September 2006Volume 8Number 1PDF icon PDF version (for best printing)

Ethics corner: recent discipline of public sector lawyers and related ABA formal opinion

Recent disciplinary orders from the Illinois Supreme Court have included sanctions entered against two public sector attorneys. A brief description of these cases follows, and more information may be obtained through the ARDC Web site,, at “Rules and Decisions.”

In In re Wade Franklin Morris Sr., Commission No. 02 CH 48, Ill. S. Ct. No. M.R. 20753 (order entered March 21, 2006; suspension effective April 11, 2006), the attorney was suspended from the practice of law for nine months for misconduct that included, in part, actions that he took while he was a part-time assistant public defender. As pertinent to his public sector employment, Morris initially represented Gail and Ronnie Stewart in a bankruptcy matter, which was completed in October 1998. In July 1999, Gail Stewart was charged with resisting arrest and obstruction of a police officer, and Morris, who was then employed as an assistant public defender, was appointed to represent her. He appeared in court on Gail’s behalf in connection with four criminal matters between July and December 1999. In September 1999, Morris was retained by Ronnie Stewart to file a petition for dissolution of his marriage to Gail, and Morris concluded that representation in January 2000. The ARDC’s Hearing Board, in a report that was approved and confirmed by the Illinois Supreme Court, found that Morris engaged in a conflict of interests in his representation of the Stewarts.

In addition to this conflict, Morris was found to have engaged in misconduct while in a meeting with Gail in his office in August 2000, to discuss the criminal matters that were still pending against her. During that meeting, Morris exposed himself to Gail and attempted to have sexual relations with her, telling her that she could either serve jail time, or not serve jail time; she understood this comment to mean that her reaction to his advances would control the outcome of her criminal cases. The Hearing Board concluded that, by this conduct, Morris committed a battery against Gail, engaged in a conflict of interests, breached his fiduciary duty to Gail, and failed to withdraw from employment when his continued representation would result in a violation of the Rules of Professional Conduct.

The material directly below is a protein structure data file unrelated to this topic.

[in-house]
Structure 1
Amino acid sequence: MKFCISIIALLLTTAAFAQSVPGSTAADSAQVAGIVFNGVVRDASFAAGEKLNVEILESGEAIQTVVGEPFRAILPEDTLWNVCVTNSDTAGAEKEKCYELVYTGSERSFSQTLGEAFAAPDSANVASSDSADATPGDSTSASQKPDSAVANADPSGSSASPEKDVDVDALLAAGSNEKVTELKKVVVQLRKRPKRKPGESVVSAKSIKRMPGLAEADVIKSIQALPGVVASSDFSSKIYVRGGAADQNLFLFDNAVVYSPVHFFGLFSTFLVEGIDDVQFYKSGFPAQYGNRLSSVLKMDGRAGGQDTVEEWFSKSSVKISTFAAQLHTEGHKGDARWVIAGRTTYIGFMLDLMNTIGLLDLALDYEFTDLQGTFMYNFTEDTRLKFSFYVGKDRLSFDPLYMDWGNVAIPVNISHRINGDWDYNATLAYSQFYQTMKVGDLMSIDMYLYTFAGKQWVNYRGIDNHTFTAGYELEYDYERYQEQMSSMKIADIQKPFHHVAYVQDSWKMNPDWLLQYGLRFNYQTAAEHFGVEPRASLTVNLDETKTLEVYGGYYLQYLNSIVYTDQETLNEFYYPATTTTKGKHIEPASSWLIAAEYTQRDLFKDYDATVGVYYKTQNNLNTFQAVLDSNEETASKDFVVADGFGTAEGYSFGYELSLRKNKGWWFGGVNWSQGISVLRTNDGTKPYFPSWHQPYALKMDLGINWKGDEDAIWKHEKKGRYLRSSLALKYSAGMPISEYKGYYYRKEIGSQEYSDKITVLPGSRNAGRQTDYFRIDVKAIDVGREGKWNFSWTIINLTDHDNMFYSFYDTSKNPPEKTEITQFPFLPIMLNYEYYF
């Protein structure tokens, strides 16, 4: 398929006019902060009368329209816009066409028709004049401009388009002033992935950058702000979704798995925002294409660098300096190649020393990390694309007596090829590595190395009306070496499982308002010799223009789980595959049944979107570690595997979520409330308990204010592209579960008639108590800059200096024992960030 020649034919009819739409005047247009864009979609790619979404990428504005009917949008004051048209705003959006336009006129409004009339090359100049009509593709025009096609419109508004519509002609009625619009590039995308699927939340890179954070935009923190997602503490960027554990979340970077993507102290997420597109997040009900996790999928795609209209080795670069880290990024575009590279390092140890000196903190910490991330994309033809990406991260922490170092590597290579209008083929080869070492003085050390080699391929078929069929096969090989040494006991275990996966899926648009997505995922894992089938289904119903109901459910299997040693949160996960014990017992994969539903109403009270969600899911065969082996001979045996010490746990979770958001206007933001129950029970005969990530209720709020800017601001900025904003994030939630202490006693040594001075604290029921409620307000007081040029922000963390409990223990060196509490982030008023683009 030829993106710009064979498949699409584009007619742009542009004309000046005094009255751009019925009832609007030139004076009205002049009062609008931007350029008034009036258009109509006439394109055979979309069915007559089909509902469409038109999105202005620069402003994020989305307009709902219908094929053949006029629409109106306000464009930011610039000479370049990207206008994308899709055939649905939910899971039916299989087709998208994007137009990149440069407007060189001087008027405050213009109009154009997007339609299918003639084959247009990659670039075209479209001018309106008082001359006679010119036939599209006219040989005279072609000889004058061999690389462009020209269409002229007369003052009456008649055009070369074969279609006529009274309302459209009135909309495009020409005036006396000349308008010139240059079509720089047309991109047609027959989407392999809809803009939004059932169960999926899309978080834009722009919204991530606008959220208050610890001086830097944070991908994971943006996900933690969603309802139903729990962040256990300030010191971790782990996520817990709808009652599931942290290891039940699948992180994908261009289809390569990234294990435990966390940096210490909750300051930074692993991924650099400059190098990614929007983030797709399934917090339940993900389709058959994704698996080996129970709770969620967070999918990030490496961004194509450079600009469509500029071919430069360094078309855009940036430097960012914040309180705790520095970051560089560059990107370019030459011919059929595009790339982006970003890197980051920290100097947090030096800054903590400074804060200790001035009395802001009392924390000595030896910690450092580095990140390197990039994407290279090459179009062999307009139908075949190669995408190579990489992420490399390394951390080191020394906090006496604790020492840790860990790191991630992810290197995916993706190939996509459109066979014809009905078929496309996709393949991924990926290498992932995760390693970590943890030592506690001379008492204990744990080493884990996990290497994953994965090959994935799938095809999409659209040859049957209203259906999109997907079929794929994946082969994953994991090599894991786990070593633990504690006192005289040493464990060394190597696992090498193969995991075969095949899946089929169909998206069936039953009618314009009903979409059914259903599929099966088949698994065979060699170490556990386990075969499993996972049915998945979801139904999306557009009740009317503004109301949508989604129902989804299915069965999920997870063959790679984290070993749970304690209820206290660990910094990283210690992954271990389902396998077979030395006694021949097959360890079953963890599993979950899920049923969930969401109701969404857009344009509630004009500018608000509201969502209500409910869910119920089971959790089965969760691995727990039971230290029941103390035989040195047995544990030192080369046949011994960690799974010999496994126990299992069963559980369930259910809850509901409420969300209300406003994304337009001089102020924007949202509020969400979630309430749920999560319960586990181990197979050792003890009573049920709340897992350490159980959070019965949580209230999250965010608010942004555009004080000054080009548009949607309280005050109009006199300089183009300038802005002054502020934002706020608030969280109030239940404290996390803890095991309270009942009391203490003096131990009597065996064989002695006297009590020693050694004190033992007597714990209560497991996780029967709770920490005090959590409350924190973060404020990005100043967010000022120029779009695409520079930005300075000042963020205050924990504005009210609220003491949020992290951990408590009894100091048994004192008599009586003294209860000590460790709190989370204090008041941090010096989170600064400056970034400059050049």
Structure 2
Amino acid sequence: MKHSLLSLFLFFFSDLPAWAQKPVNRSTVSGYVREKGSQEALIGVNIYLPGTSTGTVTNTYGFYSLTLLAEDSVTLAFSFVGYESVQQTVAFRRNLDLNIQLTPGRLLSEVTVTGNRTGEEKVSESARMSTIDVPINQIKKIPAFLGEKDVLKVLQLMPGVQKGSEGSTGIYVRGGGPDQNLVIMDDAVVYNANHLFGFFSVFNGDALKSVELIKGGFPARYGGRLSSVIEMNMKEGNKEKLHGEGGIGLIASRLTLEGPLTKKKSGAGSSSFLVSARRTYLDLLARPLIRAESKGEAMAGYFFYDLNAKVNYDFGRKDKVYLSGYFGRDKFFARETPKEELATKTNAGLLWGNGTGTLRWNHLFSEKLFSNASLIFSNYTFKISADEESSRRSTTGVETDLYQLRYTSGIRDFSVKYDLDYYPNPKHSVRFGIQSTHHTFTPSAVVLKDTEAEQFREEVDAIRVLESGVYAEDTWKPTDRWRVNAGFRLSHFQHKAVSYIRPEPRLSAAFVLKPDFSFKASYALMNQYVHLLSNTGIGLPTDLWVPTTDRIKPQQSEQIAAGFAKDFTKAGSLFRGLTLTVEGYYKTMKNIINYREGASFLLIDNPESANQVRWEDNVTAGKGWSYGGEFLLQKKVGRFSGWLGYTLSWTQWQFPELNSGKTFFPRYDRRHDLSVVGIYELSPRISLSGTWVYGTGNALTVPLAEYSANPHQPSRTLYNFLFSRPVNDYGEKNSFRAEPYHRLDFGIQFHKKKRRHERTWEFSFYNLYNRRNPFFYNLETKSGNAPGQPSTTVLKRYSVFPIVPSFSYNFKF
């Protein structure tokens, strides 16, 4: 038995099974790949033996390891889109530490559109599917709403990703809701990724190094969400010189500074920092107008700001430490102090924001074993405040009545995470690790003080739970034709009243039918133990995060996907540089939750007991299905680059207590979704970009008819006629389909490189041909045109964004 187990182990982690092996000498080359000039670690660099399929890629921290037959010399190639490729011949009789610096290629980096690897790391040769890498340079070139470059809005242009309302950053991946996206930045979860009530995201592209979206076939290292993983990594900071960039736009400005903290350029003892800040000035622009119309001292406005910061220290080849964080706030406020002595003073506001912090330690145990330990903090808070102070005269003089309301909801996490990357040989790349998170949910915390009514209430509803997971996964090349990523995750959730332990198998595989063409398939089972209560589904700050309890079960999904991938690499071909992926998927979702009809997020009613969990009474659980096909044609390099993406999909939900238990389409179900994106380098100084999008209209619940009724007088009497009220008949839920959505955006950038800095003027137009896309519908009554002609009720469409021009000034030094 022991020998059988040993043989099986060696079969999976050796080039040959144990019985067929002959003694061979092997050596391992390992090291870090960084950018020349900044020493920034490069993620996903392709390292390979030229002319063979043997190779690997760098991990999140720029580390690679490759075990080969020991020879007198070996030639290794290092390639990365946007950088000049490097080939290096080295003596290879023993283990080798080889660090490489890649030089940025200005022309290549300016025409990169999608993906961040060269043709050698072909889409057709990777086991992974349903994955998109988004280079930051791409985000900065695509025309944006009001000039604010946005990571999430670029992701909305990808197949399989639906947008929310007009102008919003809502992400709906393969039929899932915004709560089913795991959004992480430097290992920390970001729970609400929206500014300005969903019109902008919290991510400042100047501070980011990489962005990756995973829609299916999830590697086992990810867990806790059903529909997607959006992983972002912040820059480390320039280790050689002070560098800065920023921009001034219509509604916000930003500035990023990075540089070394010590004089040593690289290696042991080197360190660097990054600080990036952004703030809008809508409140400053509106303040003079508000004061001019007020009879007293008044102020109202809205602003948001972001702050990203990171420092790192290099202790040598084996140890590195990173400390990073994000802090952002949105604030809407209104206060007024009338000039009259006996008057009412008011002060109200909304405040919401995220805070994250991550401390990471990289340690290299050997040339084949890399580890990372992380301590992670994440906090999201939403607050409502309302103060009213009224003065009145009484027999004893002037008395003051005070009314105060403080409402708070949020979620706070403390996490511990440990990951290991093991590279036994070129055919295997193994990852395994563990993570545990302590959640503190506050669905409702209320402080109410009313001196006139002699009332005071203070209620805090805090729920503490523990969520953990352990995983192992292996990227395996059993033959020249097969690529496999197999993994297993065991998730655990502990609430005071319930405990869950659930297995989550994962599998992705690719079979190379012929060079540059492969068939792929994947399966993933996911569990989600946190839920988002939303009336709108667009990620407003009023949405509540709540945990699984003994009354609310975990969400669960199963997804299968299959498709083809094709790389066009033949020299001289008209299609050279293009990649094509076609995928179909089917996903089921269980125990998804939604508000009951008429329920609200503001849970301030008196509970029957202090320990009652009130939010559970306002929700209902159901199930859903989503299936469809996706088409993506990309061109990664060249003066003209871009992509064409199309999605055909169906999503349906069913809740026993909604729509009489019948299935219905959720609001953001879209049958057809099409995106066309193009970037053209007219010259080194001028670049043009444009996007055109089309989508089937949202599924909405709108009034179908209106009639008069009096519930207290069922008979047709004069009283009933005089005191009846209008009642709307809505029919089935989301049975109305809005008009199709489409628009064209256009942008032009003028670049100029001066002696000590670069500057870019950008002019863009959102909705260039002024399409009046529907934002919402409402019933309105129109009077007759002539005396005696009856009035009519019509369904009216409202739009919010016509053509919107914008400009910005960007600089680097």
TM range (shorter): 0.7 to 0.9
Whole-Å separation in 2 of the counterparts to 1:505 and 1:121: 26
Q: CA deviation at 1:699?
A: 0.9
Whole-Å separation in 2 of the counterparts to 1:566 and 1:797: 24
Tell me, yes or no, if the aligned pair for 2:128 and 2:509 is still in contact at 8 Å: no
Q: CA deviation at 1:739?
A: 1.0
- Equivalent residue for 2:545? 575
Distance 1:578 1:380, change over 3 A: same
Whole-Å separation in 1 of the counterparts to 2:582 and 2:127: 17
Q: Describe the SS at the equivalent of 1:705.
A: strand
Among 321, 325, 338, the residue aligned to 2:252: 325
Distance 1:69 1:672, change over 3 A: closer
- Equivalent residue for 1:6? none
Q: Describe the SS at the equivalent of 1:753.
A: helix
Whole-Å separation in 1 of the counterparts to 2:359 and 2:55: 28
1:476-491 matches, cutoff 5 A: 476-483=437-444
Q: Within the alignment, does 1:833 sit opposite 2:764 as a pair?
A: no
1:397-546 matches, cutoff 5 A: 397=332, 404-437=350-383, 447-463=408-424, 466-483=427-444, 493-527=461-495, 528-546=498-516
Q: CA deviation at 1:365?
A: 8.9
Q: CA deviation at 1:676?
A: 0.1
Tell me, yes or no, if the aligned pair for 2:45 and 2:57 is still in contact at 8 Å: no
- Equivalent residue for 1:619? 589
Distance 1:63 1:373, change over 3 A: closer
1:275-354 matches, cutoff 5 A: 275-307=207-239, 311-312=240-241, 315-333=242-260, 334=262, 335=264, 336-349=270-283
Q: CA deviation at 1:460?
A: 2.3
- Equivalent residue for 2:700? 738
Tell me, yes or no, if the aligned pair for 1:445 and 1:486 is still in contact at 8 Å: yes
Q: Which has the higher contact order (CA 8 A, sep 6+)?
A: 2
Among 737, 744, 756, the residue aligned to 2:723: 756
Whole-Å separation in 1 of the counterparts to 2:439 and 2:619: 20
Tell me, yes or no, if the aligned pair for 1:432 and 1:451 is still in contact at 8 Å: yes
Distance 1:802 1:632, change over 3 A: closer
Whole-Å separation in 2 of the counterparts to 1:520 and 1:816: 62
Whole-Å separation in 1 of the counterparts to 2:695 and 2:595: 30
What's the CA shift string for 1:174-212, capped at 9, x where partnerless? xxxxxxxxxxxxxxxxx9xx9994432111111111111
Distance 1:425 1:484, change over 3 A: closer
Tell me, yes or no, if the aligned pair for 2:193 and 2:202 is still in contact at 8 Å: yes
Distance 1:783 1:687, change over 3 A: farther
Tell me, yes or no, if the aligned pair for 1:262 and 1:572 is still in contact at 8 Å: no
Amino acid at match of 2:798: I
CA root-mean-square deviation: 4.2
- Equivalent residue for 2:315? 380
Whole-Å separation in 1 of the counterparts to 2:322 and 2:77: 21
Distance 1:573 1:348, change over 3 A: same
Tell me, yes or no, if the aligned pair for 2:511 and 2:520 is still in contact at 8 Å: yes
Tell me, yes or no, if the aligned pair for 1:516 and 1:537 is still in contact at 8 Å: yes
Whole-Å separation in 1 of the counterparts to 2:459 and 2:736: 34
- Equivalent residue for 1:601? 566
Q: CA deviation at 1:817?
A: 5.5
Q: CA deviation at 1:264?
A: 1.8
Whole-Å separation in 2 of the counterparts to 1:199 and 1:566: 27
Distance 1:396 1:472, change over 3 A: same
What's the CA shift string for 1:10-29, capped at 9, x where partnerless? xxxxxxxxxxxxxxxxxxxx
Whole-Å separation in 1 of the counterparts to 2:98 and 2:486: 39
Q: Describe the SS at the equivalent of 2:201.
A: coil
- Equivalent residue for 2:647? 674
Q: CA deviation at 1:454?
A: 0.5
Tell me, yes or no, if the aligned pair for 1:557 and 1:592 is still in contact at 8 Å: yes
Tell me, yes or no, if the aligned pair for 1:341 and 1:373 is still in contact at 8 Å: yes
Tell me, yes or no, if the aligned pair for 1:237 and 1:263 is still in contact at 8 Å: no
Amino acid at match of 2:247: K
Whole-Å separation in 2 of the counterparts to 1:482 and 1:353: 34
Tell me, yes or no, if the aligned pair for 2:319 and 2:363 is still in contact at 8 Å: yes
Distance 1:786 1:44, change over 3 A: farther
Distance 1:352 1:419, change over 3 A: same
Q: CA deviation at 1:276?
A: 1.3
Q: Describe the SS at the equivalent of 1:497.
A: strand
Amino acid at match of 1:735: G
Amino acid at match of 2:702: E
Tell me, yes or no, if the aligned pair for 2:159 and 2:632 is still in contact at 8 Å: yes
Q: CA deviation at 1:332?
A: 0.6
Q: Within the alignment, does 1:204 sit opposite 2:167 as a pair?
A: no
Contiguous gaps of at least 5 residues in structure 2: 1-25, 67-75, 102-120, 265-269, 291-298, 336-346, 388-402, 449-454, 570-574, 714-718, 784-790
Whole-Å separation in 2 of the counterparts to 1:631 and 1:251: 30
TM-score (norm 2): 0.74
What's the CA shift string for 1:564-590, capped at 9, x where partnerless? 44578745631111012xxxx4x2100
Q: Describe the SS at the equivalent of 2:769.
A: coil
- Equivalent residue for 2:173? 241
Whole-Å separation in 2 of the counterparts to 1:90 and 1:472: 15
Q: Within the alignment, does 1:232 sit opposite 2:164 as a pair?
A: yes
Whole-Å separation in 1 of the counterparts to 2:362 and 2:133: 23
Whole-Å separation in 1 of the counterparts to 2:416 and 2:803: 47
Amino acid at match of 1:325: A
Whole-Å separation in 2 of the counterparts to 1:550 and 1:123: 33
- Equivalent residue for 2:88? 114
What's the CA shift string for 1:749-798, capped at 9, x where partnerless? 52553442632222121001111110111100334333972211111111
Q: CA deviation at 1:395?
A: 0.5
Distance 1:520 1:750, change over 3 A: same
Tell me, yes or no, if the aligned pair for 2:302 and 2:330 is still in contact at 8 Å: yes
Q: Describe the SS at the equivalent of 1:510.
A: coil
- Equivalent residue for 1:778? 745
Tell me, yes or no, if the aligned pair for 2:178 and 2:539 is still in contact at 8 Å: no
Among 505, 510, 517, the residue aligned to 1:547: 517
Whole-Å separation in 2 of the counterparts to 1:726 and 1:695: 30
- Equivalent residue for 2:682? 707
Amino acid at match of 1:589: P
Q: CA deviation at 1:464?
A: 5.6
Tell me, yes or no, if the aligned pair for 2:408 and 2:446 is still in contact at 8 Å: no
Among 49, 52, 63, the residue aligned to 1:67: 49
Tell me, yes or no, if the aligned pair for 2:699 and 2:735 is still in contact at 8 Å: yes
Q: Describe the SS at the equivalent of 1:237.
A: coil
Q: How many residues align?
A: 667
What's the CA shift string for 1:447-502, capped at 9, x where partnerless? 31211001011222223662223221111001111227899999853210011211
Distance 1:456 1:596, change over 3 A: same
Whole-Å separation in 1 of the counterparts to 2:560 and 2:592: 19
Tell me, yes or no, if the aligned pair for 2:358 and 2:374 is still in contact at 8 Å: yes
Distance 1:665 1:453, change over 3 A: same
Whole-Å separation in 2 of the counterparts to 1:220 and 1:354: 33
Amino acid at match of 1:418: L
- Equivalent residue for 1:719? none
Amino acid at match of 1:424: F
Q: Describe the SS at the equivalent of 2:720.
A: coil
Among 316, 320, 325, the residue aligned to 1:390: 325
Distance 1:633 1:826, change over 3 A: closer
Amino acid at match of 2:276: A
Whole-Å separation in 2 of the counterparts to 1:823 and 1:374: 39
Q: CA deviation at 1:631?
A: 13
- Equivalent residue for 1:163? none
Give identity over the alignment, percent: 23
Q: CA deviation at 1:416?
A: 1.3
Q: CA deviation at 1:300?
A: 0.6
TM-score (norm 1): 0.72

In In re Jeanne Lee Sathre, Commission No. 05 SH 95, S. Ct. No. M.R. 20832 (order entered May 16, 2006), the attorney was censured by the Illinois Supreme Court. She was under contract to provide public defender services for Edgar and Clark Counties, where she had sole responsibility for case loads that grew from 60 to 70 cases up to more than 400 cases per year during her tenure as public defender. In that capacity, she neglected the appeals of two clients who were the subject of proceedings to terminate their parental rights, and both appeals were dismissed by the appellate court. She resigned as the public defender for both counties in December 2005.

The American Bar Association (ABA) has recently addressed the ethical obligations of public defenders faced with burgeoning case loads. On May 13, 2006, the ABA issued Formal Opinion 06-441, setting forth that organization’s views of public defenders’ obligations to avoid acceptance of excessive workloads that prevent the competent and diligent representation of their clients. The opinion details the obligation of an attorney not to accept new cases that will compromise her ability to provide competent representation to existing clients, including the requirements to work with supervisors to manage case load responsibilities and to ask the courts to refrain from assigning additional matters or to grant permission to withdraw from cases that cannot be handled competently or diligently. The opinion does recognize the possibility that a court may deny a motion to withdraw, in which case the public defender “must obey the court’s order while taking all steps reasonably feasible to insure that her client receives competent and diligent representation.”

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